Those in the housing industry will be mightily relieved by the Halifax figures released today.

Seasonally adjusted the rise in the price of an average house was put at 1.9%. Unadjusted the rise was a less spectacular 0.9% with about £1,300 added to the average house price.

However shortlived this upward blip proves to be, it may just dispel the gloom for some and increase their willingness to buy homes. And it will no doubt provide food and drink for the "green shooters". And if it makes people feel better, I am not one to complain.

But for me these numbers don't even qualify on the dead cat bounceometer. I see them more as a dead dog twitch.

Here are four reasons why: January can be a freaky month for figures; the data are very skittish anyway at the moment; sample sizes have decreased and are generally less representative of the overall market; and we have yet to see the impact of unemployment on the market.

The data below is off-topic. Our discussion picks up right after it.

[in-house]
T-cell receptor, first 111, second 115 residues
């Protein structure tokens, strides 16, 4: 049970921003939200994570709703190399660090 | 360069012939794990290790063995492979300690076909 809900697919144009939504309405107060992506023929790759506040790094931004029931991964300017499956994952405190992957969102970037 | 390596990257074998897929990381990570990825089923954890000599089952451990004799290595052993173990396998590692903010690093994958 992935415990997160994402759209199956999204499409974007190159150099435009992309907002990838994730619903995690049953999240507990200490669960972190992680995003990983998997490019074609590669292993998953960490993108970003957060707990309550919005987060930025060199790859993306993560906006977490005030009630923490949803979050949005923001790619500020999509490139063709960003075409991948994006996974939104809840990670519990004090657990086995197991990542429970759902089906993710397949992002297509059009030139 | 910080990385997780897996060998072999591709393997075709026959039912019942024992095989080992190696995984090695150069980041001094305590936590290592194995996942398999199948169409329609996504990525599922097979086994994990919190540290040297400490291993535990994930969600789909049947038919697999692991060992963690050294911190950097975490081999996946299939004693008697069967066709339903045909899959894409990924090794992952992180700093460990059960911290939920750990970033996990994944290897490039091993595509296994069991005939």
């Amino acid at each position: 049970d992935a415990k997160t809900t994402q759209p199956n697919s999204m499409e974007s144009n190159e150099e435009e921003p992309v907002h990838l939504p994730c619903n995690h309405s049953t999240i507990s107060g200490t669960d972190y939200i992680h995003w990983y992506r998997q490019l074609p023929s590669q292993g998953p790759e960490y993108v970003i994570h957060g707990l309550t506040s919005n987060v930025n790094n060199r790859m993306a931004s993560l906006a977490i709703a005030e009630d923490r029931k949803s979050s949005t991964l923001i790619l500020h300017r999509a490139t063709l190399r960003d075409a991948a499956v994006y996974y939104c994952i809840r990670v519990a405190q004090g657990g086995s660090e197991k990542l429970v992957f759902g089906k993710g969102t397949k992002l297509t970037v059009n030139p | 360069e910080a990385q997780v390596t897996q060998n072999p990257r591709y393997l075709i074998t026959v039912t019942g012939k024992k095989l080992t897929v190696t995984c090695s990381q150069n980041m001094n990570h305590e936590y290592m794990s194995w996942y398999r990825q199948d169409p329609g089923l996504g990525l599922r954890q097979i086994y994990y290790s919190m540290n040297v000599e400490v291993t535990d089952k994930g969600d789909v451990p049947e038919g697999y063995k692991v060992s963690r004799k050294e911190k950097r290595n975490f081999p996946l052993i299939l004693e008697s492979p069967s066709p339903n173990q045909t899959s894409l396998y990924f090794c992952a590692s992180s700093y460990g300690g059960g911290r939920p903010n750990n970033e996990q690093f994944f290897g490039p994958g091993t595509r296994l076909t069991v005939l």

Apologies for my dismissive approach on this one, but in part it is a reaction to being bombarded by interested parties pointing to signs of recovery. I am willing, even happy to be proved wrong, but I don't see them.

I note that the chief economist at Halifax qualified his comments on "early signs that market activity may be stabilising", with the comment "...continuing pressures on incomes, rising unemployment and the negative impact of the dislocation of the financial markets on the availability of mortgage finance are expected to mean that 2009 will be a difficult year for the housing market".

But it might just be better to concentrate of fixing the problems first, rather than looking for the signs of a recovery, which will in time arrive. A watched pot and all that.